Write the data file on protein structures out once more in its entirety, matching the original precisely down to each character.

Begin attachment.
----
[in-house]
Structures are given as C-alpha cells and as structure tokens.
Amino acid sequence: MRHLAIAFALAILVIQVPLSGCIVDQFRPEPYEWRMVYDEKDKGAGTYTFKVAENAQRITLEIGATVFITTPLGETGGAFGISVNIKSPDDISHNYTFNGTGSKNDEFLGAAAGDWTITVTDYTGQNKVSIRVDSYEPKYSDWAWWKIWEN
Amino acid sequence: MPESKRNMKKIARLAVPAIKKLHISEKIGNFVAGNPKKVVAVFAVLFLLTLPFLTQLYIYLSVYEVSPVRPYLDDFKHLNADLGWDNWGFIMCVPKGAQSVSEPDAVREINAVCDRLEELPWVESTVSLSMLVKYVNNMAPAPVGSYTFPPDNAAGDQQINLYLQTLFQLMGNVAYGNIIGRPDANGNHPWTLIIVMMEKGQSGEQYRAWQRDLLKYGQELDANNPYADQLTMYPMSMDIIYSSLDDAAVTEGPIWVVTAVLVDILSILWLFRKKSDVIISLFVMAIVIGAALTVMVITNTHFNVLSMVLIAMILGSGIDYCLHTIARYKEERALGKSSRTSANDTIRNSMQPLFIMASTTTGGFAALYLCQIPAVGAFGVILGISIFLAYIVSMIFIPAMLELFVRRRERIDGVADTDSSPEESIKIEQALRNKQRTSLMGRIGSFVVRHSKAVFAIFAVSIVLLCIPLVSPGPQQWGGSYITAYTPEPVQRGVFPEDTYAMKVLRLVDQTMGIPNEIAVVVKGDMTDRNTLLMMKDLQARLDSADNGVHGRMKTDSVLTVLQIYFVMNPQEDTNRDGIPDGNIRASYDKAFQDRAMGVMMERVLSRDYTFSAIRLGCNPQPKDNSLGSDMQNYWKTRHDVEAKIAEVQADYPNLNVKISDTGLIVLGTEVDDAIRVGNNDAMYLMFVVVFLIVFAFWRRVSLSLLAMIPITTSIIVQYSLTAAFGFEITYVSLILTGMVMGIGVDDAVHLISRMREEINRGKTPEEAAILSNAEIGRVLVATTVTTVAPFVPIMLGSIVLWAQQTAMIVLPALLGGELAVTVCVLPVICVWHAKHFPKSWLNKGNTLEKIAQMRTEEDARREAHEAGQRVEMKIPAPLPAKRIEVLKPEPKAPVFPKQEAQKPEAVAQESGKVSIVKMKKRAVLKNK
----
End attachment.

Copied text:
[in-house]
Structures are given as C-alpha cells and as structure tokens.
Amino acid sequence: MRHLAIAFALAILVIQVPLSGCIVDQFRPEPYEWRMVYDEKDKGAGTYTFKVAENAQRITLEIGATVFITTPLGETGGAFGISVNIKSPDDISHNYTFNGTGSKNDEFLGAAAGDWTITVTDYTGQNKVSIRVDSYEPKYSDWAWWKIWEN
Amino acid sequence: MPESKRNMKKIARLAVPAIKKLHISEKIGNFVAGNPKKVVAVFAVLFLLTLPFLTQLYIYLSVYEVSPVRPYLDDFKHLNADLGWDNWGFIMCVPKGAQSVSEPDAVREINAVCDRLEELPWVESTVSLSMLVKYVNNMAPAPVGSYTFPPDNAAGDQQINLYLQTLFQLMGNVAYGNIIGRPDANGNHPWTLIIVMMEKGQSGEQYRAWQRDLLKYGQELDANNPYADQLTMYPMSMDIIYSSLDDAAVTEGPIWVVTAVLVDILSILWLFRKKSDVIISLFVMAIVIGAALTVMVITNTHFNVLSMVLIAMILGSGIDYCLHTIARYKEERALGKSSRTSANDTIRNSMQPLFIMASTTTGGFAALYLCQIPAVGAFGVILGISIFLAYIVSMIFIPAMLELFVRRRERIDGVADTDSSPEESIKIEQALRNKQRTSLMGRIGSFVVRHSKAVFAIFAVSIVLLCIPLVSPGPQQWGGSYITAYTPEPVQRGVFPEDTYAMKVLRLVDQTMGIPNEIAVVVKGDMTDRNTLLMMKDLQARLDSADNGVHGRMKTDSVLTVLQIYFVMNPQEDTNRDGIPDGNIRASYDKAFQDRAMGVMMERVLSRDYTFSAIRLGCNPQPKDNSLGSDMQNYWKTRHDVEAKIAEVQADYPNLNVKISDTGLIVLGTEVDDAIRVGNNDAMYLMFVVVFLIVFAFWRRVSLSLLAMIPITTSIIVQYSLTAAFGFEITYVSLILTGMVMGIGVDDAVHLISRMREEINRGKTPEEAAILSNAEIGRVLVATTVTTVAPFVPIMLGSIVLWAQQTAMIVLPALLGGELAVTVCVLPVICVWHAKHFPKSWLNKGNTLEKIAQMRTEEDARREAHEAGQRVEMKIPAPLPAKRIEVLKPEPKAPVFPKQEAQKPEAVAQESGKVSIVKMKKRAVLKNK